AUTHORHolloway, David
TITLEEntering the Nuclear Arms Race: The Soviet Decision to Build the Atomic Bomb, 1939-1945
PERIODICAL TITLESocial Studies of Science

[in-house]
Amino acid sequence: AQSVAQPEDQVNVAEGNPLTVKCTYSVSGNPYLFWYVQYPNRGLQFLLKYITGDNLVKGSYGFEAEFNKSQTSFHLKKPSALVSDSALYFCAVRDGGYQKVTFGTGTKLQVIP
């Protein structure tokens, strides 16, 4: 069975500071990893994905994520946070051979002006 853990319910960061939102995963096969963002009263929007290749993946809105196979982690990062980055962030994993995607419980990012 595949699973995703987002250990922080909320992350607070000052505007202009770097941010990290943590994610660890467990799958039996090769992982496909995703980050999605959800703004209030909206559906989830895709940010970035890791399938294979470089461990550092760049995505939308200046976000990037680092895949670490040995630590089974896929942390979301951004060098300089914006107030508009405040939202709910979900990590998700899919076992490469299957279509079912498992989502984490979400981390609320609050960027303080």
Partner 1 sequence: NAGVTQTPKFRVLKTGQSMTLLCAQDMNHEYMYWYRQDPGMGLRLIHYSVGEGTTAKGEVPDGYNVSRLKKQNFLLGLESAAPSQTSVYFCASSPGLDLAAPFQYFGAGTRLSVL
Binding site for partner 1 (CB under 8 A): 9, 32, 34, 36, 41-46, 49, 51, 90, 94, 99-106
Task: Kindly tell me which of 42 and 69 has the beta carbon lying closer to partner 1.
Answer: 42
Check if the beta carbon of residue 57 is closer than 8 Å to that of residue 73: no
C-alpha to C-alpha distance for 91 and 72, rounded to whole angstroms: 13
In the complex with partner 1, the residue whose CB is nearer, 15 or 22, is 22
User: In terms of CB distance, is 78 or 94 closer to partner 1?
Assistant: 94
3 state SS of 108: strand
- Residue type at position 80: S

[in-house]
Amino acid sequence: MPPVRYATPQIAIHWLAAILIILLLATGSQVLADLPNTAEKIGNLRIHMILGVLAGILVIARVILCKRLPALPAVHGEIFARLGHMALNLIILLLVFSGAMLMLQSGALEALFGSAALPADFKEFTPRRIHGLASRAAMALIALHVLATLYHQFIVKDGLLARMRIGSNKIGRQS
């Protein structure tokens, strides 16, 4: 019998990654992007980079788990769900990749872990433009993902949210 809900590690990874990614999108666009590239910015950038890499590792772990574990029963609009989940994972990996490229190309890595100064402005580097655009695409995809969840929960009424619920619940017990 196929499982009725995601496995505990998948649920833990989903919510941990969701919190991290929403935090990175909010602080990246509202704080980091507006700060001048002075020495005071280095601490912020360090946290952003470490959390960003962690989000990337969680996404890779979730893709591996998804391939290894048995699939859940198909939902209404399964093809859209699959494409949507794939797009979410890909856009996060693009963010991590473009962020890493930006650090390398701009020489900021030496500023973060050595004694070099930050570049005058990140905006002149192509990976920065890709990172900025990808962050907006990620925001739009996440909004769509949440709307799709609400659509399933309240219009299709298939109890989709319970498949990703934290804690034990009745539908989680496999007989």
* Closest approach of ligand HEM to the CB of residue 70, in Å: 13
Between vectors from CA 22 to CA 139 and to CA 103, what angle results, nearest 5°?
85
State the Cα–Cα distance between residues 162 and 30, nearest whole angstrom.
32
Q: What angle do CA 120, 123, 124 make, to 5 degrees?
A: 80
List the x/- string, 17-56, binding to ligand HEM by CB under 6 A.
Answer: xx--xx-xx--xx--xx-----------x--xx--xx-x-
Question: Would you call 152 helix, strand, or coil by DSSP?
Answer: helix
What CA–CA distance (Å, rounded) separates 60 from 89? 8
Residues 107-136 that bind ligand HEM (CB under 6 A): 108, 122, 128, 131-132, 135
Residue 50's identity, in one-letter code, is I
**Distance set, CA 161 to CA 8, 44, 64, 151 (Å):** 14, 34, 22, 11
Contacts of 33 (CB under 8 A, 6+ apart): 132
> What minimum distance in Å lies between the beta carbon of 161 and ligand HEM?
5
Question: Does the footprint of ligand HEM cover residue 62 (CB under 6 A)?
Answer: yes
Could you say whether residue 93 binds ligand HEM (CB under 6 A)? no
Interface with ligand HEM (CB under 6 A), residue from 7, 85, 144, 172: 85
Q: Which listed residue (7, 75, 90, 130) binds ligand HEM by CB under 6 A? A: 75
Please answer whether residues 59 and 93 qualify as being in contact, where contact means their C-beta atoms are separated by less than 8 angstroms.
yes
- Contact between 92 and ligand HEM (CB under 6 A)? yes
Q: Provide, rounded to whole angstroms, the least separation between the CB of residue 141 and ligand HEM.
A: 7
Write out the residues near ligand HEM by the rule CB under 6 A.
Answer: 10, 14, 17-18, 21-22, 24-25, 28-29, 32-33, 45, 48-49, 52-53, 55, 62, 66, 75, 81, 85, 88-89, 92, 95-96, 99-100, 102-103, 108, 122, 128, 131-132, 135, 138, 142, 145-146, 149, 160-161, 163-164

This article details the events and decisions comprising the Soviet efforts during World War II to create an atomic bomb and the decision in August 1945 to start a massive effort to achieve that end. The author focuses on the major turning points, both among Soviet scientists and in the Soviet government, in the process of deciding to build the bomb: the 1940 decision by the Academy of Science not to turn to the government for support of its atomic research, Stalin’s approval in late 1942 of a small-scale effort to create an atomic bomb, and his decision after the United States dropped two atomic bombs on Japan to launch a full-fledged project to make an atomic bomb. The reasons behind those decisions are discussed, as are the roles of several of the Soviet Union’s most prominent scientists, including Igor Kurchatov and Peter Kapitsa. The article also describes Soviet responses to the discovery of fission in 1938 and the recruitment of German scientists, such as Manfred von Ardenne, near the end of the war.

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